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Feb 23

Protect Your Business from Scams and Fraud

Reading Time: 3 mins

Every business owner wants to ensure their business is thriving. They keep up with the trends, update their business operations and protocols, hire employees best suited for the job, and offer their products to the right audience. But, all of them also have to face various challenges to make sure that actually happens. There are enough challenges to keep everyone on their toes from dealing with competition, understanding new social media hype, and developing a marketing strategy to protect themselves from cyber threats.

While the companies are usually familiar with how to deal with most of those issues when they arise, many of them struggle when it comes to coping with the growing threat of fraudulent activities. Terms like AML fraud, CNP fraud, ransomware, or phishing attack are not part of their everyday vocabulary.

Luckily, you can implement strategies in your business to protect it from scams and fraud and ensure these terms stay as unfamiliar as they are.


How to defend yourself against scams and fraud?

The risk of fraud will never disappear, but there are steps you can take to mitigate them.

1.    Identify the risks

Before you can start protecting your business, you need to know what you are protecting it against. The most common fraud and scams businesses can deal with are:

  • Ecommerce fraud
  • AML fraud
  • Phishing schemes
  • Identity theft and account takeover
  • Ransomware

By identifying the risk your business might face, you will be more equipped to deal with them. You can then plan accordingly, conduct a risk assessment, and fix any issues you find that might leave you vulnerable to the attack.

2.    Conduct regular updates

Did you know that a large number of cyber-attacks exploit the vulnerabilities in the systems or networks that could have easily been fixed just by conducting a standard update? According to the Institute for Internet Security researchers at the Westphalian University of Applied Sciences, only 6% of surveyed websites had up-to-date software, leaving 94% of them exposed to threats. That can easily be prevented by simply turning on the automatic update.

3.    Educate your employees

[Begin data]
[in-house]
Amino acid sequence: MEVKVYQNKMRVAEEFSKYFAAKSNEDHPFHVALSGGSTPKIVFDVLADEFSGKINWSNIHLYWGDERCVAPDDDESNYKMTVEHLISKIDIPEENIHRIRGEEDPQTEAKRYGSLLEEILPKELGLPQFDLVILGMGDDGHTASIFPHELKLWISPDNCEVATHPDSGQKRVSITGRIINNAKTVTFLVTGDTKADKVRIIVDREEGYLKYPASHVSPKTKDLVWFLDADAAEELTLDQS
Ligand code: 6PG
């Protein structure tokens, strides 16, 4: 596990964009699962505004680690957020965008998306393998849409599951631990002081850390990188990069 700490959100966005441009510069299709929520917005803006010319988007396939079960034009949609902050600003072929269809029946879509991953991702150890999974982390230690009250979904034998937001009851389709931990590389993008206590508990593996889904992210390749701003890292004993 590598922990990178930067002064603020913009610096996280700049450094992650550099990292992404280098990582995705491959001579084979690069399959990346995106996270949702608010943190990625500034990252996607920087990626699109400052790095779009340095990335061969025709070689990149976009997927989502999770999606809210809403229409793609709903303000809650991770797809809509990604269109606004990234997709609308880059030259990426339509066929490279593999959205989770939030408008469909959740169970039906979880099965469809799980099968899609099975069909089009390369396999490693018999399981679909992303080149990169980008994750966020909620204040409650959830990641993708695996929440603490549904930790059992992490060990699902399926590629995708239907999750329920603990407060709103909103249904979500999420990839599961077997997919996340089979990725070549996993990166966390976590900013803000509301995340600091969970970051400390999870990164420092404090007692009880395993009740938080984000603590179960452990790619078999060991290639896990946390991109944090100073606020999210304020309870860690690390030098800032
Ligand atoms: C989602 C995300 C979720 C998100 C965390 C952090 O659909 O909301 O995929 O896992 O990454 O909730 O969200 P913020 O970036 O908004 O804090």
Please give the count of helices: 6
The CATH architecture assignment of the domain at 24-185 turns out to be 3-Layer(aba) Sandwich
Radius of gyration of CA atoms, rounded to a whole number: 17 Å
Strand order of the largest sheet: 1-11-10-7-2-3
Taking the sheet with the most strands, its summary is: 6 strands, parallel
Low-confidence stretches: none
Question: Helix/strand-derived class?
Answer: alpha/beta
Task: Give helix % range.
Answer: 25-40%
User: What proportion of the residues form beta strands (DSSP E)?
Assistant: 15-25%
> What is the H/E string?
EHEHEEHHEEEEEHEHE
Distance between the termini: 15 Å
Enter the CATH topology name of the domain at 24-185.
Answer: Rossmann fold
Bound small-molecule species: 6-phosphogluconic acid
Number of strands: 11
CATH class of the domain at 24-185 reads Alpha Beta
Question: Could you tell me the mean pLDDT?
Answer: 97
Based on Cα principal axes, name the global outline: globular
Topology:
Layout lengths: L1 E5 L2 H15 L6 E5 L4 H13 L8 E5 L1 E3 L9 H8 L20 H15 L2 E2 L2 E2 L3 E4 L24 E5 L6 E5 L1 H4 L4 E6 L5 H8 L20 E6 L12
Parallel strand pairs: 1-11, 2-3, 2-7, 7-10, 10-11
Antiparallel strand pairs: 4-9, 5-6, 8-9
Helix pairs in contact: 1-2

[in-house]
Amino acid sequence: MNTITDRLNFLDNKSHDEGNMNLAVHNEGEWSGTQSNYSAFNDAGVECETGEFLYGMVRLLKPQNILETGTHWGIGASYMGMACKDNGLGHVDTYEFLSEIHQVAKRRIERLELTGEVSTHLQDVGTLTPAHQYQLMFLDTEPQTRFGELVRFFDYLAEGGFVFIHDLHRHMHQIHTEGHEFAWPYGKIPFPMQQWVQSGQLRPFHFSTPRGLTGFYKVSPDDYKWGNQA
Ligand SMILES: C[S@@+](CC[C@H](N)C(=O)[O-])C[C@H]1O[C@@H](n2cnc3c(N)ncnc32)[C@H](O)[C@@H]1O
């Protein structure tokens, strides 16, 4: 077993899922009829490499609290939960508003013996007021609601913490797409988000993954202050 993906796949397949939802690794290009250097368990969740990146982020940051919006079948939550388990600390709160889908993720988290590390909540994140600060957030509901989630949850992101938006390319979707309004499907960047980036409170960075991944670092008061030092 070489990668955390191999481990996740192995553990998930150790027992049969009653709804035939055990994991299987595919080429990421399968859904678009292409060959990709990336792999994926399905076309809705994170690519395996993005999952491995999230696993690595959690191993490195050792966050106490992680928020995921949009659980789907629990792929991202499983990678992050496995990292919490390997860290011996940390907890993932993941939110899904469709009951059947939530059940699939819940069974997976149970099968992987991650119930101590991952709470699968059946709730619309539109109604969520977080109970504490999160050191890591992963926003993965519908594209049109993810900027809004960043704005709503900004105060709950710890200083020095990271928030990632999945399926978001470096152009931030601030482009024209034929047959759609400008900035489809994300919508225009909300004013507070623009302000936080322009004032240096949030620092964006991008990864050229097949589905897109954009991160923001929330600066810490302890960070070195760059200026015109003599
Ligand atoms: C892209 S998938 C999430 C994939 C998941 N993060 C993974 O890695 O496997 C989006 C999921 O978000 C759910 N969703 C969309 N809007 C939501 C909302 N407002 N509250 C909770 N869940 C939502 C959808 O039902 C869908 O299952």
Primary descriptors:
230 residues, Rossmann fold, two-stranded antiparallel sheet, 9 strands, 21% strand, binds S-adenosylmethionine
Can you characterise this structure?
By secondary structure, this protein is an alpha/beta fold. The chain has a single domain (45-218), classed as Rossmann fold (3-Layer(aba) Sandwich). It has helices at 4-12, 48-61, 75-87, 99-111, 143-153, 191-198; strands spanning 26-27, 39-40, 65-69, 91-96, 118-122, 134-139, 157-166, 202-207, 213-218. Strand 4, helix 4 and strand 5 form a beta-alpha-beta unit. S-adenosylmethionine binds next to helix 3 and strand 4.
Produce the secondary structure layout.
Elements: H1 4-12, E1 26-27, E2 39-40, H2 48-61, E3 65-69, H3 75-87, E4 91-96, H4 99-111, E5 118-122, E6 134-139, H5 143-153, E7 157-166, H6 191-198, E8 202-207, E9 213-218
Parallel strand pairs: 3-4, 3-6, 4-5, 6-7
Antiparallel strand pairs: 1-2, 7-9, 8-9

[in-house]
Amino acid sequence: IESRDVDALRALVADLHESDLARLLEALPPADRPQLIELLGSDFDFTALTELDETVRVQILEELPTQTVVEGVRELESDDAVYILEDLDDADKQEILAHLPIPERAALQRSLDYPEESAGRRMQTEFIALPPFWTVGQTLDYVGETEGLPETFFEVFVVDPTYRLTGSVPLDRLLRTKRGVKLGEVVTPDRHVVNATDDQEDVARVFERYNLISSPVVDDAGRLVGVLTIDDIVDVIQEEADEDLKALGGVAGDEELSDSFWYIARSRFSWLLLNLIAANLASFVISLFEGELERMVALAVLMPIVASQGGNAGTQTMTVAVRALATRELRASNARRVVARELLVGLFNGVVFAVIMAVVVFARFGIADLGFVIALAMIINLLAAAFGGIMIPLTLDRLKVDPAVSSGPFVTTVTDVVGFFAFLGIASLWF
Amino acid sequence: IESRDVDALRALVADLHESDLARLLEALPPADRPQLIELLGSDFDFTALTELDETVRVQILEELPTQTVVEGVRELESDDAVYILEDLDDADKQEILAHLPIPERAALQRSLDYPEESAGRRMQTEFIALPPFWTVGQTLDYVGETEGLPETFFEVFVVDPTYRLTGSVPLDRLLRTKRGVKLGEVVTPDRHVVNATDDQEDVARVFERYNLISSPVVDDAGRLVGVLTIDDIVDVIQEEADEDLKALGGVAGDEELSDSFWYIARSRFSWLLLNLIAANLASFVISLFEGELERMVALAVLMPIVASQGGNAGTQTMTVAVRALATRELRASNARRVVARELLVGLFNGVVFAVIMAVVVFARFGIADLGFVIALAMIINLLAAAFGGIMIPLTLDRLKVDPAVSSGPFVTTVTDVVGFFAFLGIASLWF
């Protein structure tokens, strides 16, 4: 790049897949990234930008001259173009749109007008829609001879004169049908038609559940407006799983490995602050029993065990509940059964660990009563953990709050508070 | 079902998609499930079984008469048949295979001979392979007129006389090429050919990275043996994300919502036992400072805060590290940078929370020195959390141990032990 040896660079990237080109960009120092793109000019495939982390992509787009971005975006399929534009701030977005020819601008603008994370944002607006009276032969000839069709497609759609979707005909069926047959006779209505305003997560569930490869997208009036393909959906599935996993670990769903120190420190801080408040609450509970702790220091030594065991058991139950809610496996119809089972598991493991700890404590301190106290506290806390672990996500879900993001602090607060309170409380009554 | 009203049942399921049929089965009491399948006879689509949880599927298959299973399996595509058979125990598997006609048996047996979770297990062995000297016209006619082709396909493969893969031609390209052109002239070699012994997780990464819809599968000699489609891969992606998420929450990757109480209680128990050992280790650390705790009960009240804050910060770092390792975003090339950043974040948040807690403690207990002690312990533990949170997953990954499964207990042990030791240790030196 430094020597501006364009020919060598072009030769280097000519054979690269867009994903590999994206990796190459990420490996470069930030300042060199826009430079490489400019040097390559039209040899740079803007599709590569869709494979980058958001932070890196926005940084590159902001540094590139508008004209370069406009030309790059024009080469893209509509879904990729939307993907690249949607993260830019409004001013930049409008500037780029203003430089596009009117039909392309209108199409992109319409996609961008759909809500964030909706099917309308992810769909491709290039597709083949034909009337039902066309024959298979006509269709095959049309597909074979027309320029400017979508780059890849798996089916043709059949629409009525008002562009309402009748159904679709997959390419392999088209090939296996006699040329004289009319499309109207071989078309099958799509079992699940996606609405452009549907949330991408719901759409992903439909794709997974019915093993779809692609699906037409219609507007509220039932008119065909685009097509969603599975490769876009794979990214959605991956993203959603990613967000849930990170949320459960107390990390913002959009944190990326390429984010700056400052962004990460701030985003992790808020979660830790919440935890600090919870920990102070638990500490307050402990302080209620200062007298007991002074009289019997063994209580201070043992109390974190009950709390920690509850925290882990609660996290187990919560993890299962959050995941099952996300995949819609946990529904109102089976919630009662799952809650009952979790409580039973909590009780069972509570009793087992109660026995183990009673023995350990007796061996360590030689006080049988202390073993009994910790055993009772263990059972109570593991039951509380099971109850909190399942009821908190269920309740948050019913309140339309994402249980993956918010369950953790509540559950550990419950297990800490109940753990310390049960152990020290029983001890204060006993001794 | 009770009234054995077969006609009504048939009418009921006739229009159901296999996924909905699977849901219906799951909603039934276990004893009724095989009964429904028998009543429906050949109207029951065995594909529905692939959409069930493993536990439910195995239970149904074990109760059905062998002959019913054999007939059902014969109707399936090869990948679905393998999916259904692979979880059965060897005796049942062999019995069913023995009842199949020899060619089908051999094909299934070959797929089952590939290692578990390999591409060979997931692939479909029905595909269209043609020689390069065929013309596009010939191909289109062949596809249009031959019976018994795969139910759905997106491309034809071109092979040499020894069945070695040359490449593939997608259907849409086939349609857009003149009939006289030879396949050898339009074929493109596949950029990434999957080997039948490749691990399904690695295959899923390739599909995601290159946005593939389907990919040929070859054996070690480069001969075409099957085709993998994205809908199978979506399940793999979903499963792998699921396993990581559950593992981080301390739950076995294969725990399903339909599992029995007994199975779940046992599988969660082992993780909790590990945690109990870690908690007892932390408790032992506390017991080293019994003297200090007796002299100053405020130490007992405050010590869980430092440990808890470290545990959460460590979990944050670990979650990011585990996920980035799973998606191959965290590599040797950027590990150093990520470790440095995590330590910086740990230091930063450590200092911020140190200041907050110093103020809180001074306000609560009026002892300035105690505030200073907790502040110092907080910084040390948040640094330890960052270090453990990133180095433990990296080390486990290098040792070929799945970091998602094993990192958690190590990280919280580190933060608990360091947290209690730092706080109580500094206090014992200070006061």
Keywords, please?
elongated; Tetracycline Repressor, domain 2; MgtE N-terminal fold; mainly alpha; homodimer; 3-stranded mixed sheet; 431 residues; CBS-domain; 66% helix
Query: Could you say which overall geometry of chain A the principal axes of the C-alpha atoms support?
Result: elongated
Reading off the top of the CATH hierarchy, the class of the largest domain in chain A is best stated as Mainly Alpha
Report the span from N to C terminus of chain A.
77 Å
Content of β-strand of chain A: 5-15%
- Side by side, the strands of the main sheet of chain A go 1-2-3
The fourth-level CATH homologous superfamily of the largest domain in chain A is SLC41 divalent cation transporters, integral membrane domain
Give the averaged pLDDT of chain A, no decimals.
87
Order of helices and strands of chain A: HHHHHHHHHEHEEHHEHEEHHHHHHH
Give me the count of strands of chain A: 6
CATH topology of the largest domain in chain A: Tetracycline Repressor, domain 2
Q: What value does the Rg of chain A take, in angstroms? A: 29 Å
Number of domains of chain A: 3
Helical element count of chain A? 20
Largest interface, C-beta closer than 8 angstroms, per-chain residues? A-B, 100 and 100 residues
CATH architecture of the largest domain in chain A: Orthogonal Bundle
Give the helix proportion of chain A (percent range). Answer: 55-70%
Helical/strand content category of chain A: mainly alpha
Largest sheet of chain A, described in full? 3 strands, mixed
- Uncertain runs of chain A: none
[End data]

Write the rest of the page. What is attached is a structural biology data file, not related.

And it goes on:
The most significant risk factor any company has is people. Due to their trusting nature and unfamiliarity with the dangers they might face, they are an easy target for skillful fraudsters. If they are aware of threats they might face and how to defend themselves and their business, they are more likely not to fall for the fraudsters’ lies. Educating your employees even about simple topics such as the importance of strong passwords or recognizing suspicious emails can significantly reduce the risks.

4.    Implement cybersecurity strategy

Unfortunately, in this time and age, every business needs to accept that they might be targeted by a fraudster or scammer. To ensure they don’t become victims, they need to implement cybersecurity tools that will help them defend their business from the dangers, such as device fingerprinting, KYC, or email lookup tools.

5.    Backup, backup, and backup.

Backing up your data is extremely important when dealing with various fraudulent activities and any other kind of emergency that might cause data loss or corruption. It allows you to continue with your standard business practice instead of wasting time and money trying to recover the lost data.

Fraudsters constantly come up with new ways of exploiting businesses or their customers, and by following these steps, you will have a chance to stay one step ahead of them and protect your business.


About the Author

Gergo Varga has been fighting online fraud since 2009 at various companies – even co-founding his anti-fraud startup. He’s the author of the Fraud Prevention Guide for Dummies – SEON Special edition. He currently works as the Senior Content Manager / Evangelist at SEON, using his industry knowledge to keep marketing sharp, communicating between the different departments to understand what’s happening on the frontlines of fraud detection. He lives in Budapest, Hungary, and is an avid reader of philosophy and history.



Disclaimer: MoneyMagpie is not a licensed financial advisor and therefore information found here including opinions, commentary, suggestions or strategies are for informational, entertainment or educational purposes only. This should not be considered as financial advice. Anyone thinking of investing should conduct their own due diligence.


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